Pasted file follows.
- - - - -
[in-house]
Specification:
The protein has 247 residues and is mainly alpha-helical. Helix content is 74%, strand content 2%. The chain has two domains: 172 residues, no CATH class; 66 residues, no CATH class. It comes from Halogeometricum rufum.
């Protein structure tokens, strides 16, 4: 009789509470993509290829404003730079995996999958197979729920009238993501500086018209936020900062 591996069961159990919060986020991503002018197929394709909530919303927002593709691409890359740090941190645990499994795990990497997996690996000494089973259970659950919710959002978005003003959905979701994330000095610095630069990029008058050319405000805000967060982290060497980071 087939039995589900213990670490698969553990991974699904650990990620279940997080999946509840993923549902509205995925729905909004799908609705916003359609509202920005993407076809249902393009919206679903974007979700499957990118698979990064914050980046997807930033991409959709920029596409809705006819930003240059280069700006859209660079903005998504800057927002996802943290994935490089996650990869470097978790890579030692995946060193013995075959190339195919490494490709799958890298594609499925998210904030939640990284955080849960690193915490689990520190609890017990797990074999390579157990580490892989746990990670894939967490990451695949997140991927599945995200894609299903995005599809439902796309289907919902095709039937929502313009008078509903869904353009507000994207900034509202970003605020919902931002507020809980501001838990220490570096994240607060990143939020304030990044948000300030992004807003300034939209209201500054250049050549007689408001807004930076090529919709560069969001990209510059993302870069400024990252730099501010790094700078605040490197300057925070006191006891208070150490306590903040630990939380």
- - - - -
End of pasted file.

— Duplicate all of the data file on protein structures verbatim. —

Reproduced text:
[in-house]
Specification:
The protein has 247 residues and is mainly alpha-helical. Helix content is 74%, strand content 2%. The chain has two domains: 172 residues, no CATH class; 66 residues, no CATH class. It comes from Halogeometricum rufum.
């Protein structure tokens, strides 16, 4: 009789509470993509290829404003730079995996999958197979729920009238993501500086018209936020900062 591996069961159990919060986020991503002018197929394709909530919303927002593709691409890359740090941190645990499994795990990497997996690996000494089973259970659950919710959002978005003003959905979701994330000095610095630069990029008058050319405000805000967060982290060497980071 087939039995589900213990670490698969553990991974699904650990990620279940997080999946509840993923549902509205995925729905909004799908609705916003359609509202920005993407076809249902393009919206679903974007979700499957990118698979990064914050980046997807930033991409959709920029596409809705006819930003240059280069700006859209660079903005998504800057927002996802943290994935490089996650990869470097978790890579030692995946060193013995075959190339195919490494490709799958890298594609499925998210904030939640990284955080849960690193915490689990520190609890017990797990074999390579157990580490892989746990990670894939967490990451695949997140991927599945995200894609299903995005599809439902796309289907919902095709039937929502313009008078509903869904353009507000994207900034509202970003605020919902931002507020809980501001838990220490570096994240607060990143939020304030990044948000300030992004807003300034939209209201500054250049050549007689408001807004930076090529919709560069969001990209510059993302870069400024990252730099501010790094700078605040490197300057925070006191006891208070150490306590903040630990939380």